A urine test can be requested by a doctor for various reasons. For example, the results from such a test help to determine whether or not one has a urinary tract infection (UTI). Also known as a urinalysis, a urine test can also check the treatments of such conditions as diabetes, kidney stones, high blood pressure (hypertension) and some kidney or liver diseases.
“Urinalysis detects cells, cell fragments, or certain substances, like crystals, protein, or glucose (sugar), in your urine,” explains Cleveland Clinic, “These substances point to a possible problem, like a urinary tract infection or diabetes. Your doctor may perform additional testing if your urine contains cell fragments or other elements not typically found there. Some of these substances, like glucose, may appear in your urine before you know there is a problem.”
Sadly, urine tests have also been conducted for fraudulent purposes.
Texas-based physicians, Robert Wills and Brannon Frank are accused of being perpetrators of such fraud. As reported by the United States Department of Justice last week, the two doctors have agreed to pay a total of $3.9 million to resolve allegations related to unnecessary tests.
According to the DoJ, Wills and Frank knowingly billed Medicare, Medicaid and TRICARE for medically unnecessary urine drug testing. The duo once owned Austin Pain Associates in Austin, Texas. The now-defunct clinic is suspected as the location where the doctors submitted false claims to the federal healthcare programs, starting in 2011.
Wills and Frank allegedly ordered and performed unnecessary urine drug testing.
The two doctors were accused of ordering and performing excessive and unnecessary urine drug testing for patients without any individualized assessment of clinical need. It is alleged that the pair drafted the testing protocols that resulted in unnecessary tests. The two doctors are accused of knowing that their in-house laboratory was conducting an excessive number of tests on urine samples.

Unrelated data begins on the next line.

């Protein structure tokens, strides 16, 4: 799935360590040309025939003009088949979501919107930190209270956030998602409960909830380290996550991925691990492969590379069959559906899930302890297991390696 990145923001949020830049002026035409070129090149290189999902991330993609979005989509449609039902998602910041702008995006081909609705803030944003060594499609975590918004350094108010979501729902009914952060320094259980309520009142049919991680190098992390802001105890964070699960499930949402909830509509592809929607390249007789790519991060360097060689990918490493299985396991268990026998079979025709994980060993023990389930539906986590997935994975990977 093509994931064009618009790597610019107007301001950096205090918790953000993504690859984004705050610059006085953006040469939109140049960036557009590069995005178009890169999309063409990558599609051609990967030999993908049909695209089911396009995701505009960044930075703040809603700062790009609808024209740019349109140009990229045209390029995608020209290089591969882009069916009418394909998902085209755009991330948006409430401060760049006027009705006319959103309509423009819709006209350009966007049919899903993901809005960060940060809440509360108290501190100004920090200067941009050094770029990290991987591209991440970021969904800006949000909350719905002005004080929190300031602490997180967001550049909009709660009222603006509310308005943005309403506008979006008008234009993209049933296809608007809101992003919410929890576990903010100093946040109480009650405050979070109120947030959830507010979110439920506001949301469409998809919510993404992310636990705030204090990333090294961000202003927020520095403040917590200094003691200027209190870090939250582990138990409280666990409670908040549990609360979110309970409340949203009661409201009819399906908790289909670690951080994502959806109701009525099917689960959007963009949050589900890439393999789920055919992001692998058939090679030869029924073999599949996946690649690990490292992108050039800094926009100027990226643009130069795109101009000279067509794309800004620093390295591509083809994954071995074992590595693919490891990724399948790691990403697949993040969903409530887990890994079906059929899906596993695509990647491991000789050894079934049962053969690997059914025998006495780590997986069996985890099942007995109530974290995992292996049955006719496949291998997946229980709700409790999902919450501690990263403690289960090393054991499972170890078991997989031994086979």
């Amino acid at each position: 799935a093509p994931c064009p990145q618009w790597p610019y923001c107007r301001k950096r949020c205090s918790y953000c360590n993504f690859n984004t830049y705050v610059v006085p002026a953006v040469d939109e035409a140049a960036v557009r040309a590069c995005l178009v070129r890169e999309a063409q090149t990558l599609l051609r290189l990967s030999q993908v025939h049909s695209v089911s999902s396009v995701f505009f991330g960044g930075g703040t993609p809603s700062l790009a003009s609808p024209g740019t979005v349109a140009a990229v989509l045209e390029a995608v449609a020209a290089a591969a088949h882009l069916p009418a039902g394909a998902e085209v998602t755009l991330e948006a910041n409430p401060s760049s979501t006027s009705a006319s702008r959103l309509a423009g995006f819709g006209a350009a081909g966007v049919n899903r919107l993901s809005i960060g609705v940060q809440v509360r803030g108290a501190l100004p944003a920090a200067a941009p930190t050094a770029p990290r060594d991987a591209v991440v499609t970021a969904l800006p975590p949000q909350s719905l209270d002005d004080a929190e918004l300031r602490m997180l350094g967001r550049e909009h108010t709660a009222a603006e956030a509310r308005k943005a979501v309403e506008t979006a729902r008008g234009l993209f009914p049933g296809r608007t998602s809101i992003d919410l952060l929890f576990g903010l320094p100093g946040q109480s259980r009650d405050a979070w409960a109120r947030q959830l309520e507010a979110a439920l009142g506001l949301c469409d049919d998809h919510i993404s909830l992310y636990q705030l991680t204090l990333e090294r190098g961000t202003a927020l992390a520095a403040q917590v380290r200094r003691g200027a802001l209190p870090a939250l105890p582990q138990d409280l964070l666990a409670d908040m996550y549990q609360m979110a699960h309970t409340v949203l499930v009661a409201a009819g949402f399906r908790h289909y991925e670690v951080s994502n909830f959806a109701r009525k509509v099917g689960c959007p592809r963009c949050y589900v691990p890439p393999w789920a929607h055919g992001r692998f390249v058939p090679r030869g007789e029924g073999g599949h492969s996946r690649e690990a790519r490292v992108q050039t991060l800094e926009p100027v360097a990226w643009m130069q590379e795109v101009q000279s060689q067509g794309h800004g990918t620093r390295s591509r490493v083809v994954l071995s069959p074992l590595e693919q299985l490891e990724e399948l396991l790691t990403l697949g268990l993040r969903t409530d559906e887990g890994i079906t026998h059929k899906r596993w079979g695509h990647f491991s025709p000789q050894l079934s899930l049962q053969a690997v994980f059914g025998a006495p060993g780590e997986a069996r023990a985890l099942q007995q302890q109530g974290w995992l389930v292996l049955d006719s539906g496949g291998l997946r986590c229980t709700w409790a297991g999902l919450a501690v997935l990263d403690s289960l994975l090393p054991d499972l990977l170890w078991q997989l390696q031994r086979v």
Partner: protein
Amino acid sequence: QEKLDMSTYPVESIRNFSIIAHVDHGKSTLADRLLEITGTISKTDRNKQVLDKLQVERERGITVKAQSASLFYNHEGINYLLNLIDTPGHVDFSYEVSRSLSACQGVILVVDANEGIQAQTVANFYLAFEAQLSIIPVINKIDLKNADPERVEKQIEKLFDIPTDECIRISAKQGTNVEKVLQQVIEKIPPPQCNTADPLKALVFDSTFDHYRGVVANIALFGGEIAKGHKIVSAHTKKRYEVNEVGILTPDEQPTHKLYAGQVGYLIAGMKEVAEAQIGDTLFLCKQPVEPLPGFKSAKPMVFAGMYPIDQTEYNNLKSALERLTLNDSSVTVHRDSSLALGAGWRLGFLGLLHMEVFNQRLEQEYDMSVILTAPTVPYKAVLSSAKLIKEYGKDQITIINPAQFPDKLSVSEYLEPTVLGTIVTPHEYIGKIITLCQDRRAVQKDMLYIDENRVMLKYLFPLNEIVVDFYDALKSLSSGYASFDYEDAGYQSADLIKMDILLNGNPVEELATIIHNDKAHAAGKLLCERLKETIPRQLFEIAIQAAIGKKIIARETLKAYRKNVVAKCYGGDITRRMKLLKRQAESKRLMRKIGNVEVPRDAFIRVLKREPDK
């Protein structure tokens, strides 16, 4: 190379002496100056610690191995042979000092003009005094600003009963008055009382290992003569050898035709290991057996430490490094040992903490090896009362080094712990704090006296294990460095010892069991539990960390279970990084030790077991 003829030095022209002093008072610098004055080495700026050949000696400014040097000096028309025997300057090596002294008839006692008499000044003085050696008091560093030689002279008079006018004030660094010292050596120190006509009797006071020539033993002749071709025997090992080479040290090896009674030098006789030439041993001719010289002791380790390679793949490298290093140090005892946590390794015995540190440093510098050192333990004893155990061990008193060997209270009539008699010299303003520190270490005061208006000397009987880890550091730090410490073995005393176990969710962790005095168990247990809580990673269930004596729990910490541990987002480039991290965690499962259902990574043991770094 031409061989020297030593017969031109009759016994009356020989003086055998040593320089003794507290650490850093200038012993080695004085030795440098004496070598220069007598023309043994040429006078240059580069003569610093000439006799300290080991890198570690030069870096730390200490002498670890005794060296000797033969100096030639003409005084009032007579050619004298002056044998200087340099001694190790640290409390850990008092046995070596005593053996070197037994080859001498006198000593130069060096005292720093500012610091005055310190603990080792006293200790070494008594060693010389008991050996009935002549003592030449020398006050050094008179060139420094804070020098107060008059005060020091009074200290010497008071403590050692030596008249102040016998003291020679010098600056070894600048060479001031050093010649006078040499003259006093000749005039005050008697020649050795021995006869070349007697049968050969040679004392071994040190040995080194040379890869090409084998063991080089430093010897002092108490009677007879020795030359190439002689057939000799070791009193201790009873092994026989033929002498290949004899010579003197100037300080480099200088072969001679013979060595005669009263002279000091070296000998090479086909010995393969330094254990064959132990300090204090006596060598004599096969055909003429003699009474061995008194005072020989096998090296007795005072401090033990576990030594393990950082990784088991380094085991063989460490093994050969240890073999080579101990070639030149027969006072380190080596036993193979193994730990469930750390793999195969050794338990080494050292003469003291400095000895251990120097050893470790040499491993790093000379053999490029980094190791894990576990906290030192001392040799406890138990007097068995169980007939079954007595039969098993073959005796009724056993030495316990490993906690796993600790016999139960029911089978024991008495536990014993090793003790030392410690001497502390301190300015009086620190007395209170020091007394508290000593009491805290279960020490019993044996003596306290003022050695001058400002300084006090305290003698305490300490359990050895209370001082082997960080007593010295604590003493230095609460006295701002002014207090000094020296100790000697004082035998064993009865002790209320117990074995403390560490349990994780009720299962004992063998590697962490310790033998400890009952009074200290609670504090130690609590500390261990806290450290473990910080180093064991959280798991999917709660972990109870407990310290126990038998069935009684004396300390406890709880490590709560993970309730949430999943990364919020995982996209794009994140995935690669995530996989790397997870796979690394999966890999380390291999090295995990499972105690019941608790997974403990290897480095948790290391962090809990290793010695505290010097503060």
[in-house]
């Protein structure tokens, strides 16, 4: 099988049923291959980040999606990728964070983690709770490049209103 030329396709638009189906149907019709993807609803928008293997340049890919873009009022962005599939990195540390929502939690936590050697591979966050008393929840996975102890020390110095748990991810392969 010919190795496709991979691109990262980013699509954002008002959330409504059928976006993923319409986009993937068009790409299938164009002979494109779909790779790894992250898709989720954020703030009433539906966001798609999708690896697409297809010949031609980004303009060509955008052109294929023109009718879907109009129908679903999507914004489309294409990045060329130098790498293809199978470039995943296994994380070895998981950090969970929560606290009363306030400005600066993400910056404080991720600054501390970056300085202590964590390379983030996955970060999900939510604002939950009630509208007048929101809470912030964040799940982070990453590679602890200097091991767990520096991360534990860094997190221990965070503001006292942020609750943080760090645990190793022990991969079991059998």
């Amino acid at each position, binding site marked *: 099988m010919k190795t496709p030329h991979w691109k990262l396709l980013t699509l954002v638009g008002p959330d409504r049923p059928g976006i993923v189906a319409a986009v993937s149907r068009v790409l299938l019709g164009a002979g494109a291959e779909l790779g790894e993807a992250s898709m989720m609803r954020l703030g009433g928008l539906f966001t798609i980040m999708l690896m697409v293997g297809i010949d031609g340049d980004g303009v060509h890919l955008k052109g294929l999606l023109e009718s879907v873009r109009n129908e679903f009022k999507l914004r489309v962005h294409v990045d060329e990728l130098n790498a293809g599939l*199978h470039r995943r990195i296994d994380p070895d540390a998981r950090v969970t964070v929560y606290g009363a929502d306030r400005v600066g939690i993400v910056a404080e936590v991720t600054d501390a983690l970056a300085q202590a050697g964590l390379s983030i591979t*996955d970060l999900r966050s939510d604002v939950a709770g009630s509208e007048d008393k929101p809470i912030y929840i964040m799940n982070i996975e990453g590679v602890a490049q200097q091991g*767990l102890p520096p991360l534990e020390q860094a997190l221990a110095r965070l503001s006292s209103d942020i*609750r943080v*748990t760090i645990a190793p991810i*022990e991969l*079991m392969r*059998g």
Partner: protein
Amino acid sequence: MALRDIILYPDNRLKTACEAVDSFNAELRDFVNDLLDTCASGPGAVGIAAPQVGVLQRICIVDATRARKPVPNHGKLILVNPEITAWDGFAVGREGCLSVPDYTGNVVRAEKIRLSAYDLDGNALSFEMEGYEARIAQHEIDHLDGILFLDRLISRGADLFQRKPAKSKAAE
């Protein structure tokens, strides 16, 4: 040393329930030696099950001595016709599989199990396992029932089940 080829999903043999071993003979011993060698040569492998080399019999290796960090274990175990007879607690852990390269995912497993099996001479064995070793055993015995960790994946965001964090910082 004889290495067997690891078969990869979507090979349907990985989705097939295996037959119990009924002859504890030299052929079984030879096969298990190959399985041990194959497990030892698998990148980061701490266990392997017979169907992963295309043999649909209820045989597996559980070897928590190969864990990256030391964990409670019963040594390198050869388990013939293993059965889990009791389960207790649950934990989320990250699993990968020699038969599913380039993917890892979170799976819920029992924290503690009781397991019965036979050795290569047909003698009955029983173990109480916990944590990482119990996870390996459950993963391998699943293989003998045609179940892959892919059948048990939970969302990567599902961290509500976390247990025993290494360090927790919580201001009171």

Without the urine tests, it is believed, Austin Pain Associates could not remain profitable. The $3.9 million settlement to resolve the claims will be split between the two accused. “Pursuant to their respective settlement agreements, Wills has agreed to pay $2,100,000 to settle these allegations and Frank has agreed to pay $1,800,000,” the DoJ reports.
Medical services should be about patient care, not profits.
“The provision of medical services should be based on a patient’s medical needs, not on a physician’s desire to increase profits,” Acting Assistant Attorney General Brian M. Boynton of the Justice Department’s Civil Division is quoted as saying in the DoJ report, “The Department of Justice is committed to taking appropriate action to safeguard the integrity of federal healthcare programs and the welfare of their beneficiaries.”
U.S. Attorney Ashley C. Hoff for the Western District of Texas added the following: “Physicians who bill taxpayer-funded health programs for expensive and medically unnecessary drug tests increase the cost of healthcare for all of us. We will continue to vigorously investigate and prosecute allegations of false claims submitted to Medicare, Medicaid, TRICARE and any other government health program.”
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